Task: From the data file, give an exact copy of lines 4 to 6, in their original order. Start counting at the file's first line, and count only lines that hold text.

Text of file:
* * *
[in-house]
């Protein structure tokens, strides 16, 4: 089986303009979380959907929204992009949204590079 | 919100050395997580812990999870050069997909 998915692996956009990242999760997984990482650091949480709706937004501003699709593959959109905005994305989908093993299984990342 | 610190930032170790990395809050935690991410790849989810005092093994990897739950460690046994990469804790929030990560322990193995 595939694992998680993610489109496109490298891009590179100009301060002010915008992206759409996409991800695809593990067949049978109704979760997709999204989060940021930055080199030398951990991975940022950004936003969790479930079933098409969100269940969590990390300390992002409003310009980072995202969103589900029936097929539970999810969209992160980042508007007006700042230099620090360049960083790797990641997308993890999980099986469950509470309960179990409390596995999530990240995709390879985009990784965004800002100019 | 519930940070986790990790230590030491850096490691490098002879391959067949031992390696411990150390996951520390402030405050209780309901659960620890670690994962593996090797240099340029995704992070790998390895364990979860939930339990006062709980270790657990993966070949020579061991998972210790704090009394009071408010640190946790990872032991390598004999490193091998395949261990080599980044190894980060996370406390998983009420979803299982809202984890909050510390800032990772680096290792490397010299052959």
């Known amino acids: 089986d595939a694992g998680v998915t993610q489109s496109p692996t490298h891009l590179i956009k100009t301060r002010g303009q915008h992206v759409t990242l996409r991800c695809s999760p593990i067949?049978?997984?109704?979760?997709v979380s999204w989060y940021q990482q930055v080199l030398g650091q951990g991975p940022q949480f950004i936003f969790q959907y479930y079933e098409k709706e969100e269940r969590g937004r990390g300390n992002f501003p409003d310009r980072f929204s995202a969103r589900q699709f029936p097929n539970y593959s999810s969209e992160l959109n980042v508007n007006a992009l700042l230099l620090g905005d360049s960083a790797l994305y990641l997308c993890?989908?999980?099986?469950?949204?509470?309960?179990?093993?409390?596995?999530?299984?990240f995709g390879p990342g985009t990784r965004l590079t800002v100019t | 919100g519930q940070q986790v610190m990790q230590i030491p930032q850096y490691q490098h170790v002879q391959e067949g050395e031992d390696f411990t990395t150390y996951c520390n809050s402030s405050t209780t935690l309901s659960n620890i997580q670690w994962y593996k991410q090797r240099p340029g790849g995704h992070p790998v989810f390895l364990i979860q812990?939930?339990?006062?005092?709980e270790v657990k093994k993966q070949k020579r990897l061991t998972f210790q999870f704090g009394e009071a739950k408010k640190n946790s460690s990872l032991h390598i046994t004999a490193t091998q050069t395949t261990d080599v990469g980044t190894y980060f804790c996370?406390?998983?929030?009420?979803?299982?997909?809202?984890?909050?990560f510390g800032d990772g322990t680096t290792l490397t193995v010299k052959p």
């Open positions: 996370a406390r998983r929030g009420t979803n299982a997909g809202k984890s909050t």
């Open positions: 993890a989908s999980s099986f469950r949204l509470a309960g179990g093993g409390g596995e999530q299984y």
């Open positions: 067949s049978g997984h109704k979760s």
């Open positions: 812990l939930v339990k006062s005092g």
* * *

């Open positions: 996370a406390r998983r929030g009420t979803n299982a997909g809202k984890s909050t």
């Open positions: 993890a989908s999980s099986f469950r949204l509470a309960g179990g093993g409390g596995e999530q299984y």
């Open positions: 067949s049978g997984h109704k979760s």